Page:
The tourists, mostly from Sweden and Russia, were puzzled because they had carried the sunbeds and mats from their resort and believed they were permitted to ''bring your own'' equipment to Phuket's beaches.
The shock arrival of men in the uniforms of volunteers of the local Thalang district disturbed the tourists, who were mostly dressed in swimsuits.
Some said they wouldn't be back to Phuket after the unexpected interruption to their holiday by the sea.
There was no English speaker among the 30 officials involved in the operation. This Phuketwan reporter was deputised to explain to the tourists what was happening.
Local councils that oversee Phuket's prime tourist beaches are under orders from the island's governor to enforce an experimental rule to limit umbrellas and other equipment to ''10 percent zones'' at all beaches.
Today at the beach near the Banyan Tree, officials took possession of seven sunbeds, 76 padded mats and four chairs. A spokesperson for the resort admitted ownership of the sunbeds and the mats, but not the chairs.
The serene sight of tourists relaxing in the shade of a grove of trees was quickly disturbed with the arrival of the squad of raiders in pickups.
In the argy bargy that followed, some tourists were so upset they headed back to the resort immediately. Children seemed bemused.
All that tourists who stayed on were allowed to keep at the beach were towels or thin, traditional cane mats.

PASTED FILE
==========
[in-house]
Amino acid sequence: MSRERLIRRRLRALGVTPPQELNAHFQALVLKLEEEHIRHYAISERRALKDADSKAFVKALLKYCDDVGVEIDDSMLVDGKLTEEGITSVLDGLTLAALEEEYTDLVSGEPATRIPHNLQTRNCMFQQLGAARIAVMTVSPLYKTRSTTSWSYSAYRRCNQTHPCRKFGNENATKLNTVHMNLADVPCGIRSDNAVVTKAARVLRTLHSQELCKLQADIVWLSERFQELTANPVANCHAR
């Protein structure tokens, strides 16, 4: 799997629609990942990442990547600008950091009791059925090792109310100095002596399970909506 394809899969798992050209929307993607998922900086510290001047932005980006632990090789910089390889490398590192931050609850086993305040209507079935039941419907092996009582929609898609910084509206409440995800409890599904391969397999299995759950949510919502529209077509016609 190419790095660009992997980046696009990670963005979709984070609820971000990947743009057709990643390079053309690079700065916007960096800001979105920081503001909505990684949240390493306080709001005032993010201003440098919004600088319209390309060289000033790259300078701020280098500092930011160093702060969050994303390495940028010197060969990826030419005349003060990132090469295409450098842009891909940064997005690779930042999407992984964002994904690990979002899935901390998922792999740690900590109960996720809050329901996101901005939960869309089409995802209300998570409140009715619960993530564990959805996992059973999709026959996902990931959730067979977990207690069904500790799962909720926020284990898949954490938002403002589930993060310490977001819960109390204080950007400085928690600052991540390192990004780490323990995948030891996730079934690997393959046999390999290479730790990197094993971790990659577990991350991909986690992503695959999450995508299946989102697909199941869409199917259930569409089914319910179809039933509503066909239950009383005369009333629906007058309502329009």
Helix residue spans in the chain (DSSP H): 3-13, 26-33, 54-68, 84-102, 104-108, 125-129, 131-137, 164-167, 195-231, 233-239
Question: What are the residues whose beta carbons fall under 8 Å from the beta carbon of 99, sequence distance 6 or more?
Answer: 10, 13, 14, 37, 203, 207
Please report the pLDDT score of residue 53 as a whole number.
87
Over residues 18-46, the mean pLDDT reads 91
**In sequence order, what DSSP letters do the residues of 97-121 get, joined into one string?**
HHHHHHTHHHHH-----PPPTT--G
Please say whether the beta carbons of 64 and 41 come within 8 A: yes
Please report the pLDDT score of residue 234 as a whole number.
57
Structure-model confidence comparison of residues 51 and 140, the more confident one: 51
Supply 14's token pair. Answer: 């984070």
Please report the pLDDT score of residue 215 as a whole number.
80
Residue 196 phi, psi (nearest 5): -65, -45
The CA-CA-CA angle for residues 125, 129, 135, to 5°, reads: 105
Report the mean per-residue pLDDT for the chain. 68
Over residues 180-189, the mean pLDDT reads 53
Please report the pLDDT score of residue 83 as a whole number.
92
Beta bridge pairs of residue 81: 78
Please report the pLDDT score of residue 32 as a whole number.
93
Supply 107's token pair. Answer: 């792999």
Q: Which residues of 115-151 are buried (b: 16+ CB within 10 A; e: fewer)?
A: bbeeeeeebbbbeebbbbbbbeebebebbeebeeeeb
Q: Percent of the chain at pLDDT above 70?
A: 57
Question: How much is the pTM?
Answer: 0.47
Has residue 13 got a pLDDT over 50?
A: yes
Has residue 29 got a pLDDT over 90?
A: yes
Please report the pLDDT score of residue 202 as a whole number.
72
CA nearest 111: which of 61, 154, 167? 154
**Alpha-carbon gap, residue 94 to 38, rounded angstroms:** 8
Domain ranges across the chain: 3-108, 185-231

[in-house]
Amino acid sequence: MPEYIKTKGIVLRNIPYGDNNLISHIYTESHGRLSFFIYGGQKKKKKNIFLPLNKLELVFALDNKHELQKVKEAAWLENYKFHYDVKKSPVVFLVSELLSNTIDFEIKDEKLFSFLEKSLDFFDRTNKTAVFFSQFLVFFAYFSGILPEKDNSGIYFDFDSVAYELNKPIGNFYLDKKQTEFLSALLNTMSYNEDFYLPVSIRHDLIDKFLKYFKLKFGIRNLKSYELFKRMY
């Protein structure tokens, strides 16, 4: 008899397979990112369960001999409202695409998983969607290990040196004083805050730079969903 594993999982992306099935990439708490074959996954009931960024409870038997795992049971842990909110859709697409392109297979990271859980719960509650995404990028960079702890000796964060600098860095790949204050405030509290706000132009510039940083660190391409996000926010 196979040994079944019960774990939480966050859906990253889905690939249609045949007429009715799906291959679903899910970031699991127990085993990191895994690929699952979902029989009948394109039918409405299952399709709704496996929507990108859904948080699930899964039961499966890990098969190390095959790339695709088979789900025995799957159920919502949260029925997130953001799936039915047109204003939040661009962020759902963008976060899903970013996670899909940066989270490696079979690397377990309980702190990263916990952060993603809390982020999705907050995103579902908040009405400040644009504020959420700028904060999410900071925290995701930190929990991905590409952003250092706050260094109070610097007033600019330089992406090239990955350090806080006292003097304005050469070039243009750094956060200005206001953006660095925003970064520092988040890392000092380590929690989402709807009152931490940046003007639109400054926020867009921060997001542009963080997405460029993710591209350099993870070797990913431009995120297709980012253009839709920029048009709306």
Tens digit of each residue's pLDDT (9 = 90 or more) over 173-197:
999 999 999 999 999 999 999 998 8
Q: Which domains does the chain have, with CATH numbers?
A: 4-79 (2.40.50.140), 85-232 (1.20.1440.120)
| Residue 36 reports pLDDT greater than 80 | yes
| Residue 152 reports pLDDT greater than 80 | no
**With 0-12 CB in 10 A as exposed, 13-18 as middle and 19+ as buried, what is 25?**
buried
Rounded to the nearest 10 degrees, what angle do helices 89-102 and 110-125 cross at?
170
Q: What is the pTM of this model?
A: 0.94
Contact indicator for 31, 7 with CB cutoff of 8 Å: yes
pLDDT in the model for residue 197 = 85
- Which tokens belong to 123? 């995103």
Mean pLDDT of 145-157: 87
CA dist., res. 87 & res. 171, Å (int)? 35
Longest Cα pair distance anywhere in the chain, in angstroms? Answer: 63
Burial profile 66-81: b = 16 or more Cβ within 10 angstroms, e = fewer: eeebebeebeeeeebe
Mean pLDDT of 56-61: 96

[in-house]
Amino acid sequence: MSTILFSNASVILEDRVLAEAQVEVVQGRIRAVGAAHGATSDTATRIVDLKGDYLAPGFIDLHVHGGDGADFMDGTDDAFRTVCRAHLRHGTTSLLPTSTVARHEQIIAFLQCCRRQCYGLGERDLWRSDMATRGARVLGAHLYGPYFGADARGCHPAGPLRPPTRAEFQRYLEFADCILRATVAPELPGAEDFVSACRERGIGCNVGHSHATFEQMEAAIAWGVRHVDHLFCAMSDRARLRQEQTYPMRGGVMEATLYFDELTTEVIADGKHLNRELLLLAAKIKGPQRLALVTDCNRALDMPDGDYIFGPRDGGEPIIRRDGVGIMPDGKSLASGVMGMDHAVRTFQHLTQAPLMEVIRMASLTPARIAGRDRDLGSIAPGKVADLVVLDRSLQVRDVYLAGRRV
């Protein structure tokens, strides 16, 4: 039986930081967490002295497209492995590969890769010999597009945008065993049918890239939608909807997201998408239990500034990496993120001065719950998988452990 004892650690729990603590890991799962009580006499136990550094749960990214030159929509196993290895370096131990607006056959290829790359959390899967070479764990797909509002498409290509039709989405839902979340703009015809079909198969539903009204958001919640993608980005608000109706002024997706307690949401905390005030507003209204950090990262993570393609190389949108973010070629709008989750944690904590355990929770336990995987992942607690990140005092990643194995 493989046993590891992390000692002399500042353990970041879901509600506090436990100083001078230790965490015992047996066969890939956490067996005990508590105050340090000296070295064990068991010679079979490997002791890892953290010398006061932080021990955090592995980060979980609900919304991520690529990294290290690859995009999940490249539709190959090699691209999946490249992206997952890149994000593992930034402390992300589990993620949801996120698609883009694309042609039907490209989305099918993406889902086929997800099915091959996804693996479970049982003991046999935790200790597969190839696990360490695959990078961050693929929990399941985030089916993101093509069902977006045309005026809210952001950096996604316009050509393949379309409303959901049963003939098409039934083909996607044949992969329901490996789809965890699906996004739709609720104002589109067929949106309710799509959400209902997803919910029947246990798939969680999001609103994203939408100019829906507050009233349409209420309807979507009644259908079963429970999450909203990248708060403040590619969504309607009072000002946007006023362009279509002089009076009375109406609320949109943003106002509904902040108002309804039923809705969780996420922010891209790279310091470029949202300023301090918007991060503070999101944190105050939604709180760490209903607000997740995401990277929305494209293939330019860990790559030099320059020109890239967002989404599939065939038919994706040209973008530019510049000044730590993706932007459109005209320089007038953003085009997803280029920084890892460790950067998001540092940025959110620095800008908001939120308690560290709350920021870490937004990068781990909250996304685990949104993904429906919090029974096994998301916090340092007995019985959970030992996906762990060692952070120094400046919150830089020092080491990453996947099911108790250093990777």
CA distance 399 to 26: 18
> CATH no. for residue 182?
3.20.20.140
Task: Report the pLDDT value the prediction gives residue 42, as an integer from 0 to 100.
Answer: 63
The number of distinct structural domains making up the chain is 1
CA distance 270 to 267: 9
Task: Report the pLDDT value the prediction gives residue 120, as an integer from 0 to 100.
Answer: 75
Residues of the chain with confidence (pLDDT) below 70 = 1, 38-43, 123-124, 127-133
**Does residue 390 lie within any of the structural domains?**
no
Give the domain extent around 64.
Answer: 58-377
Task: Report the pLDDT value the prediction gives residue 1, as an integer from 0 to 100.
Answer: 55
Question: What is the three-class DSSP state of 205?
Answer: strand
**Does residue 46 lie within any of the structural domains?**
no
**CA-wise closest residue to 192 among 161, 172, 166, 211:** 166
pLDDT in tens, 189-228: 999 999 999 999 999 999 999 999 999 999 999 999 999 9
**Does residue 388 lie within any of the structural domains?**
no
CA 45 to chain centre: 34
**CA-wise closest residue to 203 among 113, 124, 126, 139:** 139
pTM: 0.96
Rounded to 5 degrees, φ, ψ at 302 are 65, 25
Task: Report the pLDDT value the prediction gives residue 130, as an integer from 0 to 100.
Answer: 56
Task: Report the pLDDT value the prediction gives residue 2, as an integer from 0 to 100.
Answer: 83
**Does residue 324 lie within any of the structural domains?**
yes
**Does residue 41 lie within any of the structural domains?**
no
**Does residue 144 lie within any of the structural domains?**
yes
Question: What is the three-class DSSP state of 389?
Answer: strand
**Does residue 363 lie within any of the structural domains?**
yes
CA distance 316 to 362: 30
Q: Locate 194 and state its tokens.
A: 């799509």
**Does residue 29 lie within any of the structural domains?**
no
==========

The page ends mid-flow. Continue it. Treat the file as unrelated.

The sunbeds and mats were carted off in the pickups to council offices.
A complaint will be made at Cherng Talay Police Station about Banyan Tree breaching the governor's experimental beach rule.
All of Phuket's beaches and shorefronts were cleared of most private commercial activity, beach clubs and restaurants after the military took control in Thailand in May last year.
The beaches - all public space - had been used for decades by some individuals to become wealthy. Keeping the beaches clear of commerce would have made sense.
However, in an effort to find jobs for ''poor beach workers,'' Phuket Governor Nisit Jansomwong ordered umbrellas, mats and provision of food and drink to be restored to ''10 percent zones.''
The other 90 percent of the beaches were intended to be kept totally clear of umbrellas and padded mats - everything except tourists and their towels or thin mats.
At most of Phuket's most popular beaches, the edict has yet to be carried out and tourists continue to bring their own umbrellas, mats and beach chairs.
Beach chairs and sunbeds are banned entirely - even if tourists bring their own.
Enforcement has been erratic and half-hearted, with police in destinations such as Patong, Karon, Kata and Kamala reluctant to be the ones who are forced to confiscate beach chairs from veteran tourists.
Photographs of one occasion when umbrellas were seized from tourists were republished around the world, diminishing Phuket's reputation as a safe, welcoming holiday destination for sunlovers.